How Can My Association Fund an HOA Capital Improvement?
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Nothing lasts forever…and when it comes time to replace your high-rise roof, community pool or to add new amenities, your association will need to determine how to pay for it. All of these things – significant repairs and replacements, as well as new construction – are considered capital improvements.
According to Investopedia, “A capital improvement is the addition of a permanent structural change or the restoration of some aspect of a property that will either enhance the property's overall value, increase its useful life or adapt it to a new use. This type of improvement, according to the Internal Revenue Service (IRS), is required to be any addition or improvement to a piece of property that is expected to last for longer than one year.”
So, capital improvements include everything from constructing a playground or spa to replacing your boiler or swimming pool filtration system. Because these projects are required to last longer than one year, these are not inexpensive undertakings. Thankfully, there are several options to pay for them.
Your community association’s reserve fund should be your first line of defense when it comes to funding repair and replacement of your existing assets. Reserve funds may be used for new construction projects in some states; others limit their use to what is planned for in your reserve study, so always consult your association attorney before tapping into your reserve fund.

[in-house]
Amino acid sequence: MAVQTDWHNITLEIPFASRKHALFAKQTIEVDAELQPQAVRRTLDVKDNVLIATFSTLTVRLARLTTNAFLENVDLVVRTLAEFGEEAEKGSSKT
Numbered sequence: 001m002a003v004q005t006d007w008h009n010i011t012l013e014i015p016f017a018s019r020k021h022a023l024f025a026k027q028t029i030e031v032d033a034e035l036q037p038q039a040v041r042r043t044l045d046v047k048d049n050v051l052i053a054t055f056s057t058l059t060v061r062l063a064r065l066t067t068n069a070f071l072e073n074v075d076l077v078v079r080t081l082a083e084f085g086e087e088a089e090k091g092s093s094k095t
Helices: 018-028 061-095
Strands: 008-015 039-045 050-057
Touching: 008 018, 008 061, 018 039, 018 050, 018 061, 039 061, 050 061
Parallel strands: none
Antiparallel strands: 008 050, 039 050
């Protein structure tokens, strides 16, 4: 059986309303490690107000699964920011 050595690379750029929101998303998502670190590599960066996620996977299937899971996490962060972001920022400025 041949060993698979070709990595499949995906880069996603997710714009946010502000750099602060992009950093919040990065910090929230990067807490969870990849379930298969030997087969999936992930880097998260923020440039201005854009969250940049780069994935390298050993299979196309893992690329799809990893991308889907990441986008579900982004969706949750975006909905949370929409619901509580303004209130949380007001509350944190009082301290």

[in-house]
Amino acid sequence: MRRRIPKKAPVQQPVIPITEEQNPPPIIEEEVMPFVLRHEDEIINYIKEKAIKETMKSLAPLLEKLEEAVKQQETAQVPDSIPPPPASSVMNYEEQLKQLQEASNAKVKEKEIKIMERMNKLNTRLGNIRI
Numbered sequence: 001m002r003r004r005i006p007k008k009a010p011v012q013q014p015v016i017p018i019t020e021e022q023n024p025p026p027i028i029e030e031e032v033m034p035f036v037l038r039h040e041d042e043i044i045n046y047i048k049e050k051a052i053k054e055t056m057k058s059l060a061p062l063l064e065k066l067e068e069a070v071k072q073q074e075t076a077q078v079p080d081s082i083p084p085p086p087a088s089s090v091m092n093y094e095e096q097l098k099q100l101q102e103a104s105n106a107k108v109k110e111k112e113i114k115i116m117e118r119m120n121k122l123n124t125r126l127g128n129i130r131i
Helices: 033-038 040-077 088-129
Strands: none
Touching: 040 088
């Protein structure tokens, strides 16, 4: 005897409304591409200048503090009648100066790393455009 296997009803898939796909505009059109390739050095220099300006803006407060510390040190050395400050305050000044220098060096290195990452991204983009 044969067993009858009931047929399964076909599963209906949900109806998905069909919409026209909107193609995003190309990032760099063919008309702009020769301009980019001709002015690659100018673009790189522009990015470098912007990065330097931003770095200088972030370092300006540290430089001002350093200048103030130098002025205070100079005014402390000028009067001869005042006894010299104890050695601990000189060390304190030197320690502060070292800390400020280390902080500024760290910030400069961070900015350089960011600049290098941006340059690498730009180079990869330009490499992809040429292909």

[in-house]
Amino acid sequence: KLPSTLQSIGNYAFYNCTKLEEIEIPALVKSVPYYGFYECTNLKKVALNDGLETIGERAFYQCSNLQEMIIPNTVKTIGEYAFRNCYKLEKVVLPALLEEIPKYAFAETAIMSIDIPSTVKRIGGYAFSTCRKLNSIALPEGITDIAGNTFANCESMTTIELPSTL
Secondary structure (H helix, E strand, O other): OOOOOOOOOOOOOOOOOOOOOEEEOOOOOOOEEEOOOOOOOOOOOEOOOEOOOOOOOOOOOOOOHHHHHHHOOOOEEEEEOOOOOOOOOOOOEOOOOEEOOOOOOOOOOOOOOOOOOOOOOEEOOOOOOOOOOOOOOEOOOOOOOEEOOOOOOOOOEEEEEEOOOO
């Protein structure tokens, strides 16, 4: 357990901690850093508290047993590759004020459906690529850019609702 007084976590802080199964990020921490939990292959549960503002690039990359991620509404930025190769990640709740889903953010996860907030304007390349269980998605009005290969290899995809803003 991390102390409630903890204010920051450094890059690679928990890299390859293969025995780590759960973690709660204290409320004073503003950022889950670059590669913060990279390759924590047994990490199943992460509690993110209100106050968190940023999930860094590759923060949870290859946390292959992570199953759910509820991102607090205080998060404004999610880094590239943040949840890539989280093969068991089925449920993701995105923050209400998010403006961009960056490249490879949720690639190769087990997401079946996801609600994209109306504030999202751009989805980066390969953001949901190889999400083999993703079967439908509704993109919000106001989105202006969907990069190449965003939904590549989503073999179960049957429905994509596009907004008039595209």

Dip into your reserve fund.
Unfortunately, up to 72 percent of reserves are “under-funded,” meaning they are not funded sufficiently to pay for the things they are supposed to cover when they reach the end of their useful lives, according to Drew Ahrensdorf, vice president at FirstService Financial, which provides best-in-class financial services for FirstService Residential-managed communities.
It’s important to make sure your reserves are funded properly, or your association risks not being able to meet its obligations for maintenance of the community assets. Some states require reserves be funded to a certain level, so improper funding can cause legal trouble for your association as well. Not maintaining the property is one of the most common causes of residents suing their association for breach of contract, for negligence and even for injuries caused by improper maintenance. When planning your annual budget, first look at your reserve study to know how much should be deposited in your reserve fund, then make sure your association’s assessments are sufficient to properly fund your reserve.
Implement a special assessment.If your reserves are insufficient to pay for what your association needs, you will need to look for alternate sources of funding. The most obvious, but least popular, way to fund a capital improvement is by levying a special assessment on the members of the association. The drawbacks and risks to this are immediately clear: angry homeowners will cause strife and dissent within the community and may even result in a lawsuit against the association for neglecting its fiduciary responsibilities. Another risk is the necessary funding may not come through in time if homeowners cannot afford the additional payment and require a payment plan. The only positive to a special assessment is the association isn’t assuming any debt. Before imposing a one-time special assessment on your community, it is critical to check your governing documents and consult with your association’s attorney.